A general lack of education in developing countries leads many entrepreneurs to engage in economic activities that require minimum capital investment, activities such as craftsmanship. Jewelry making, for example, allows individuals to create beautiful products for domestic and international markets. However, in a developing country there are many hurdles to overcome before one can be successful in the craftsman industry. There may be a lack of domestic demand for the crafty goods due to market saturation or a lack of expandable income to buy such products. While the option to sell the good internationally exists, gaining access to the international market for arts and crafts is a complicated task.
To reach the export market, a producer must first make the product, then transport it to an exporter, and trust the exporter to package and market the product to retailers. This is a simple procedure for a westerner who has constant internet access and a reliable exporter, but for an individual in a developing country who has limited business knowledge and few connections, the process can be daunting.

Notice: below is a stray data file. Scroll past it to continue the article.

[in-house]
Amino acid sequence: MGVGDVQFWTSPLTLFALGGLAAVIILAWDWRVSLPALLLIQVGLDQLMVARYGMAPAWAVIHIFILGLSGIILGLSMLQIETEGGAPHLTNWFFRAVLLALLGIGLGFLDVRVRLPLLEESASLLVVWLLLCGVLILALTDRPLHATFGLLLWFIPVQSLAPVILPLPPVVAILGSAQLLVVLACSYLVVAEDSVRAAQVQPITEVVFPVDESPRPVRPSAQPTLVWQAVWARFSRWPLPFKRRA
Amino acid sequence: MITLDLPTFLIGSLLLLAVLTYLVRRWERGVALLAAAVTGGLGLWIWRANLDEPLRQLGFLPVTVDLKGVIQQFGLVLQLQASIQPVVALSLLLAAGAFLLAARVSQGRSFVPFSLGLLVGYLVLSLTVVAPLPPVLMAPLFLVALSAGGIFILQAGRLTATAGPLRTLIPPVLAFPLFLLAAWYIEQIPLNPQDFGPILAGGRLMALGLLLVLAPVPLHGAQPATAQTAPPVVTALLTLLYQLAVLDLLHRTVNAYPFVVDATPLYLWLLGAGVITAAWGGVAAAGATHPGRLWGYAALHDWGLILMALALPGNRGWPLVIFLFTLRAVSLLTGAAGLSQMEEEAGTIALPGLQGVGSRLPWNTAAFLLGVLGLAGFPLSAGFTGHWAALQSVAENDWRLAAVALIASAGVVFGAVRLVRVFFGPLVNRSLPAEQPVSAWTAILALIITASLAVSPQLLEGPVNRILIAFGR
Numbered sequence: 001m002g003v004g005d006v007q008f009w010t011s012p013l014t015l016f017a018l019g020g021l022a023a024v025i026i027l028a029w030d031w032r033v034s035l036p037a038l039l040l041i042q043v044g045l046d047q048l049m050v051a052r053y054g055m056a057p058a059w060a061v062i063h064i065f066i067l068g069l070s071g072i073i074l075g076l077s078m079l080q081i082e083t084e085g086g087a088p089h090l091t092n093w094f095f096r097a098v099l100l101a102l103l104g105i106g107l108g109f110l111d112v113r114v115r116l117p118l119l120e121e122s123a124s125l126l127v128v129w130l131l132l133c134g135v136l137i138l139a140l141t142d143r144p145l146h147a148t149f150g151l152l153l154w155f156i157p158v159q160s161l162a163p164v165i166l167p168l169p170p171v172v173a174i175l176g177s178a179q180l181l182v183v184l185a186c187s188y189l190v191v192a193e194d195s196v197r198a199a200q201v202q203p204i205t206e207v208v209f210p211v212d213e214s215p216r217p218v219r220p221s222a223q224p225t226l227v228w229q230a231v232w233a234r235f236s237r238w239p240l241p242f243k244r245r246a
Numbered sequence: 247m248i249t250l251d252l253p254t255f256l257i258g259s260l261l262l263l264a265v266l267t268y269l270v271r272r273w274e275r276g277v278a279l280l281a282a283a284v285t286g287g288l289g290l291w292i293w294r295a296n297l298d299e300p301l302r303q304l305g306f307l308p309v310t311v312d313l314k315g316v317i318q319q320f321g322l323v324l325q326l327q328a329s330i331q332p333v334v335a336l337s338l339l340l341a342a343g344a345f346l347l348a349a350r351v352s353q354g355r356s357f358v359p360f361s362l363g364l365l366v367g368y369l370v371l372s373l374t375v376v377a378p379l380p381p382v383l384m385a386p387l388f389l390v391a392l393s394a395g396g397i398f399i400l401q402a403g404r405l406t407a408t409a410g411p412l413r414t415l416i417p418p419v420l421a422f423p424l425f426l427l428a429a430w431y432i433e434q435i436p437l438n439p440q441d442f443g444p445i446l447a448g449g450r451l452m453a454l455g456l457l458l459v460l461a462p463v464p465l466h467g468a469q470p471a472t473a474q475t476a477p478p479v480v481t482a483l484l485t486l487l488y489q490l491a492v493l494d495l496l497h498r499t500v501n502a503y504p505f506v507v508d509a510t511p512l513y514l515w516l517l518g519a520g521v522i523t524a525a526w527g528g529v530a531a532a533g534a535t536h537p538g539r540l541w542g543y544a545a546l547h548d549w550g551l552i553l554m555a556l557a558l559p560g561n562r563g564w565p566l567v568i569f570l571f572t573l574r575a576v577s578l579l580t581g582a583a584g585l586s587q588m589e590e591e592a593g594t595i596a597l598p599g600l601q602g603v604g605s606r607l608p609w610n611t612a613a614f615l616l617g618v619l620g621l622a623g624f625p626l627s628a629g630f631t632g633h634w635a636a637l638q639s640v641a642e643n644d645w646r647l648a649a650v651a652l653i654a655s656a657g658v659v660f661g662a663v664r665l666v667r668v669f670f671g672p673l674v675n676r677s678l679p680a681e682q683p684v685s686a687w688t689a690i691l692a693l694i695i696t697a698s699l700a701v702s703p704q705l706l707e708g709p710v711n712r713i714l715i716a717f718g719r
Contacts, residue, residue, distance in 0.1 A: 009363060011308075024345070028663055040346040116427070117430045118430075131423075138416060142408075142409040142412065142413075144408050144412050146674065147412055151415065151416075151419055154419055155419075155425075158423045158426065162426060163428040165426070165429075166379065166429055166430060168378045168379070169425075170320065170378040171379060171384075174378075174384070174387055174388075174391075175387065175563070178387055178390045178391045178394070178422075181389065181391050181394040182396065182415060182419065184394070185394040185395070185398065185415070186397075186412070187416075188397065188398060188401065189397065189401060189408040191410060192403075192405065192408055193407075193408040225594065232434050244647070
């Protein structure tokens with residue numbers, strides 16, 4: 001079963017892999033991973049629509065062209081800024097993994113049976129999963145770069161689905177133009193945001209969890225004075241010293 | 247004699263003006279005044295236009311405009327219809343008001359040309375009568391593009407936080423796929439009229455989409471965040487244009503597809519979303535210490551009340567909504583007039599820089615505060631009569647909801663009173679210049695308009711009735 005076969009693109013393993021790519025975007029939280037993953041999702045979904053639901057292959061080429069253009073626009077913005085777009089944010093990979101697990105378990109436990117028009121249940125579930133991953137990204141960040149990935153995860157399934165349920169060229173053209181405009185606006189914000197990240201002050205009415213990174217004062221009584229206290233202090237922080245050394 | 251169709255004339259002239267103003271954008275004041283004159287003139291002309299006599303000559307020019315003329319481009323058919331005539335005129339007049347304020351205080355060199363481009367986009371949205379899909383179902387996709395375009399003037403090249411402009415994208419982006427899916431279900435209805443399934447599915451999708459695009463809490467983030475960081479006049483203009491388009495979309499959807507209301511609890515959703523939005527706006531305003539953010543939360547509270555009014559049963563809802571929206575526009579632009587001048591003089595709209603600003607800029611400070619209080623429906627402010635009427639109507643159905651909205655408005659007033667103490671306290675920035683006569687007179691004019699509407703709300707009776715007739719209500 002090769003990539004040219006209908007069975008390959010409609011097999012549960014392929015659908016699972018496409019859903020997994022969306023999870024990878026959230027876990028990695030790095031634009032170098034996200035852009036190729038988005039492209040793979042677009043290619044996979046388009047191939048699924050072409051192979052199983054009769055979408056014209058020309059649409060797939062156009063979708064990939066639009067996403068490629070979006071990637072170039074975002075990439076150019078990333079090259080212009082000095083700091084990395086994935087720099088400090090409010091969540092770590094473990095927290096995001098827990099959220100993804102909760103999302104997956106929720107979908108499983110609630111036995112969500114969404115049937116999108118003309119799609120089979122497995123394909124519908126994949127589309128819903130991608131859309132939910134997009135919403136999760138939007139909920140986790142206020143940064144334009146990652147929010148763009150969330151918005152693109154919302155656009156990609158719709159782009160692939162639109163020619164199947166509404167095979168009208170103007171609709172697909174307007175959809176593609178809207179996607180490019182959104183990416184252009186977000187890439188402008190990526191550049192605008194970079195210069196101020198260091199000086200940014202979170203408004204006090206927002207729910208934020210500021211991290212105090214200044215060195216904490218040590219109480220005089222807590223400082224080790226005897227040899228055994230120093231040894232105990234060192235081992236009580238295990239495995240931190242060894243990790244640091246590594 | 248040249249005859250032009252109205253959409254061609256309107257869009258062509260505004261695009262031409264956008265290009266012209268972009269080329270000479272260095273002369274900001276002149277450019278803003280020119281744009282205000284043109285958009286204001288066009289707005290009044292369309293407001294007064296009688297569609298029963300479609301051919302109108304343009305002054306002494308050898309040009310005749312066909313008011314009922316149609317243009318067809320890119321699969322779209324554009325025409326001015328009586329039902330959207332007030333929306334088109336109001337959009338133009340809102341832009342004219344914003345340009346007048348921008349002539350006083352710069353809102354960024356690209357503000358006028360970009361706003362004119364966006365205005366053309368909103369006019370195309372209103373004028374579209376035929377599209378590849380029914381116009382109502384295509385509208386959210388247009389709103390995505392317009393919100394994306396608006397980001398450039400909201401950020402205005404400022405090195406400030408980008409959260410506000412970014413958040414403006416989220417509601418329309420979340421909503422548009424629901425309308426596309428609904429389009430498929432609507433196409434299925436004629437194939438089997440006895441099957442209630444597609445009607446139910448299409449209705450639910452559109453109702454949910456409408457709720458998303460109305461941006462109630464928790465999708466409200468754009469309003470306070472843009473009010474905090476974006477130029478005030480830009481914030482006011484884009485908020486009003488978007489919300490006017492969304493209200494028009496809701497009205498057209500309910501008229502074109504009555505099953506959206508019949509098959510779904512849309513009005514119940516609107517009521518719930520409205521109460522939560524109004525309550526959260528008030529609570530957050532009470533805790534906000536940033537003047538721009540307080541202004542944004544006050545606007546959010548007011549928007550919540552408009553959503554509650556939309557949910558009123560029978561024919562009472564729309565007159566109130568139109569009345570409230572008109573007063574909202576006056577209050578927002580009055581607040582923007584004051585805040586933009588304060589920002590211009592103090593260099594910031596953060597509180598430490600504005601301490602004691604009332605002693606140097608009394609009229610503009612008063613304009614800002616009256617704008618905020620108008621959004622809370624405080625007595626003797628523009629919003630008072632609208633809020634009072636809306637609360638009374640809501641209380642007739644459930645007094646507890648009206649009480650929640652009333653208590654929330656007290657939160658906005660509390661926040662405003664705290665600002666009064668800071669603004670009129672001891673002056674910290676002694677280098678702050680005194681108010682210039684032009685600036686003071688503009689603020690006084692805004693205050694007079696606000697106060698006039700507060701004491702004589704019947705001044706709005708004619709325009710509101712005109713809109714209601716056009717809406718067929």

Some NGOs seek to ease these constraints and are now supporting small-scale entrepreneurs in developing countries. Project Have Hope is one such NGO that connects craftsmen to markets with a demand for the craftsman’s goods. Project Have Hope links women in Uganda, who have created beautiful handmade jewelry, to American buyers who are interested in making thoughtful purchases. There are many similar NGOs, such as Aid to Artisans, with missions to connect arts and crafts makers to foreign buyers whose purchases will help jewelry-makers, painters, and weavers support their families and gain greater economic independence. Continue reading